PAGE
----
Joyce Carol Oates is not for everyone! Mostly, she writes books about characters you would avoid in life, but can't turn away from when their lives are laid out on the pages. I thought Them really sunk it's teeth into what it means to be human. The characters are like so many people living in the world today. Oates is a great storyteller, even when you may not care for the story she is telling. I have really enjoyed the Wonderland series, even though Them is not my favorite book from it.
Mickey Lindsay
One of those books that literally changed the way I saw the world, at least for a little while, maybe longer (and I mean literally - I looked at everything differently with my eyeballs, with different care and intent). After I put it down, I had to pick up a friend at the bus depot. We were using the bus because we were poor college students, but our lives were going to be pretty good. I found myself really noticing everyone else around me, and thinking about them, and understanding how specific ...more
Probably the best book I've ever read. The book is long (508 pages) and the story is thick. The lives of Loretta, Maureen, and Jules all take unexpected and somewhat expected turns throughout their trying lives. It can be depressing at times but there is always hope for redemption even though it's unclear what (if any) comes. You won't be disappointed with "Them" and I can't wait to read more of Oates books.
Had to read this book for American Lit 2; I found it to be a really good read, but sooo very depressing. It seemed like a study of insanity for 30 years. Also, kind of irrelevant to my review of the book, but Joyce Carol Oates also just visited my school & it made for a very nice evening. She seemed overall a bit reticent, honestly, about doing the reading, but was very amusing and verbose.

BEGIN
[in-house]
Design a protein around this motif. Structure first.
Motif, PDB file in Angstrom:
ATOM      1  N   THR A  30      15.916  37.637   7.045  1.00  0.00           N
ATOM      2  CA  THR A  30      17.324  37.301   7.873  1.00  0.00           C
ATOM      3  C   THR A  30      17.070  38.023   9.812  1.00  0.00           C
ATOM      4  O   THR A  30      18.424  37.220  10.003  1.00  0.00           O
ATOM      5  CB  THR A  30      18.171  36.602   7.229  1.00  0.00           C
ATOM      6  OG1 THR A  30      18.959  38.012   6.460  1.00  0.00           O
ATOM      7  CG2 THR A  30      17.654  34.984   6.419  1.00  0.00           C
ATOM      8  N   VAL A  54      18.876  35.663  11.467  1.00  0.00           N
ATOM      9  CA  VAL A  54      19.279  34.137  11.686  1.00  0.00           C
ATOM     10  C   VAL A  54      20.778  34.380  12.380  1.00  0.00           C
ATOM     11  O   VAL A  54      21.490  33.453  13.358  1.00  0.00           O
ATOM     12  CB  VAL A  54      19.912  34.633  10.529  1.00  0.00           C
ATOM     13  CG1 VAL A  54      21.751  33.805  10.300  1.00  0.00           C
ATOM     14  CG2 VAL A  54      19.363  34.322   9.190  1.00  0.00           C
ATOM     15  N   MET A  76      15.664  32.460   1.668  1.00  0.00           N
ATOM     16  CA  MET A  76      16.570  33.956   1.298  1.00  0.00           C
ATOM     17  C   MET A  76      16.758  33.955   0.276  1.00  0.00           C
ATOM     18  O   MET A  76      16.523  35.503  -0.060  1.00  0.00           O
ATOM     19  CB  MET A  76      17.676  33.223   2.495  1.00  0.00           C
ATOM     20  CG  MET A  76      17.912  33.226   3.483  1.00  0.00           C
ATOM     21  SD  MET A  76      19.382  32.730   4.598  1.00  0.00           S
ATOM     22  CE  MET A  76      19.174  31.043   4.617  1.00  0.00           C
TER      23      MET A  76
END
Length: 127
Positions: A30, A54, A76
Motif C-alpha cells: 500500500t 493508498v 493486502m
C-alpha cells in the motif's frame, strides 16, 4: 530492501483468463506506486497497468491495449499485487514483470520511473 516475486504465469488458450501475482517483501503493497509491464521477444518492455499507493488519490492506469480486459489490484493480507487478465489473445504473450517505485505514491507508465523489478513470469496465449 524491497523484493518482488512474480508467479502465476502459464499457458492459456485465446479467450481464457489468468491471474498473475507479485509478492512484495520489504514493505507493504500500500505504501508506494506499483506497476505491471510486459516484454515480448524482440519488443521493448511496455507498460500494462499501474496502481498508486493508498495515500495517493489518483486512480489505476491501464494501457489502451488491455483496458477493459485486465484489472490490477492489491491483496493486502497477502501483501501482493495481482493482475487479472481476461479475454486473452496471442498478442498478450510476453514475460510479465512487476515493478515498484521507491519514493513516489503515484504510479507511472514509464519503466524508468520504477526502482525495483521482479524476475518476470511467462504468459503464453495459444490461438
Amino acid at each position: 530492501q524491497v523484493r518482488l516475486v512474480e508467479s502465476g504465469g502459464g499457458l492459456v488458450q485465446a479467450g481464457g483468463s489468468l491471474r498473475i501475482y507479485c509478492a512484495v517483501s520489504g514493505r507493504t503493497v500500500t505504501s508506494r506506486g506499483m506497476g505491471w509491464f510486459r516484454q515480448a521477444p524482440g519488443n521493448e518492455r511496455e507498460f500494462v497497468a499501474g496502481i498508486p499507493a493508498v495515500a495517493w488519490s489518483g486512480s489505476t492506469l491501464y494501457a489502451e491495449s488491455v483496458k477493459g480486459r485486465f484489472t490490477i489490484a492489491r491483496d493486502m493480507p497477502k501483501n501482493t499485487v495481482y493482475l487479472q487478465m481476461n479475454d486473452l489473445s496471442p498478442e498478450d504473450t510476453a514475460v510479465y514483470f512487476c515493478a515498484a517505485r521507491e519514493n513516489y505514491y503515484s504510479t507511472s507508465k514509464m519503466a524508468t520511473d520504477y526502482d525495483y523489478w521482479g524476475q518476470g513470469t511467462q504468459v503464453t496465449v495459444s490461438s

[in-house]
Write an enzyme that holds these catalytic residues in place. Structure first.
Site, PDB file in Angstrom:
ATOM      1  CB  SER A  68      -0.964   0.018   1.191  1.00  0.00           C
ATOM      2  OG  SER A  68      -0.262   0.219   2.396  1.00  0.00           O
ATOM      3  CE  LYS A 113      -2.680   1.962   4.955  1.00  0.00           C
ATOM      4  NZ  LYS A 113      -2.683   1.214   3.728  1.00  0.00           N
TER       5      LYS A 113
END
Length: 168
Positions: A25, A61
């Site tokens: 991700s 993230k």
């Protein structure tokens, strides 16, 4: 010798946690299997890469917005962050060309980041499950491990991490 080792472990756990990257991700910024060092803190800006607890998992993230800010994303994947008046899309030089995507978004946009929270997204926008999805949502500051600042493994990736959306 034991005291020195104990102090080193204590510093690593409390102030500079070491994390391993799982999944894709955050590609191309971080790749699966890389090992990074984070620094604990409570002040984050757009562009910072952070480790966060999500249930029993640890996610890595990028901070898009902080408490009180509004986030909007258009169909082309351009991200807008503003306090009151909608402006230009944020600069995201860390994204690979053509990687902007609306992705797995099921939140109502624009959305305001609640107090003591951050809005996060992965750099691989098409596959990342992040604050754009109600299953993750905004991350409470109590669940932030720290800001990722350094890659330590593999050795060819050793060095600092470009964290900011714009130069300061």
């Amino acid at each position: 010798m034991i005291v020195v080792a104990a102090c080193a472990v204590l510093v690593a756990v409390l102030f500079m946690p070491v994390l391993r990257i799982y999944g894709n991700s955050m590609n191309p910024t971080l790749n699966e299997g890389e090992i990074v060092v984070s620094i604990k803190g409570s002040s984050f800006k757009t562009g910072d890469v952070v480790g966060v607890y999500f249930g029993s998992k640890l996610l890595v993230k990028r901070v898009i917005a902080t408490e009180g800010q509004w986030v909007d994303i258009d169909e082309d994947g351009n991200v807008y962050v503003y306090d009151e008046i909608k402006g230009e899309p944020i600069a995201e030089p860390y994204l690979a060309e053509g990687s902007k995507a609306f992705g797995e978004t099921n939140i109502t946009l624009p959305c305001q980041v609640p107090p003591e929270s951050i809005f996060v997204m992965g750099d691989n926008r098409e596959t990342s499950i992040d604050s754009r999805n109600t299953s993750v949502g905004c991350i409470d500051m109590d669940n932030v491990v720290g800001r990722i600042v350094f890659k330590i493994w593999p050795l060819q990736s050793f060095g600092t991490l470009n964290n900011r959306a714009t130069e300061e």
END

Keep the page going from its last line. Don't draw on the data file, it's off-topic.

Jane Anne
Again, my home state! Loved it. Did NOT care for device of having false intro stating that story based on true events! What is point of this? Loved how the housewives on the block griped about their lunk husbands and crabby, bossy, live-in mothers-in-law -- and all could identify w one another!
I've been making assumptions about Joyce Carol Oates based on her proximity on the library shelves to James Patterson. My thought was that since Patterson took up so much shelf space and is known as a low-brow writer, the same must be true of Oates, who takes up as much space. Truth is, Oates is a terrific writer who happens to be extremely prolific . Them, for example, won the National Book Award in 1969, and it holds up nearly 50 years later. It's a sprawling epic about the Wendall family from ...more
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Joyce Carol Oates is a recipient of the National Book Award and the PEN/Malamud Award for Excellence in Short Fiction. She is also the recipient of the 2005 Prix Femina for The Falls. She is the Roger S. Berlind Distinguished Professor of the Humanities at Princeton University, and she has been a member of the American Academy of Arts and Letters since 1978. Pseudonyms ... Rosamond Smith and Laure ...more
More about Joyce Carol Oates...

Other Books in the Series

Wonderland Quartet (4 books)
  • A Garden of Earthly Delights (Wonderland Quartet, #1)
  • Expensive People (Wonderland Quartet, #2)
  • Wonderland (Wonderland Quartet, #4)
We Were the Mulvaneys The Falls The Gravedigger's Daughter Blonde Foxfire: Confessions of a Girl Gang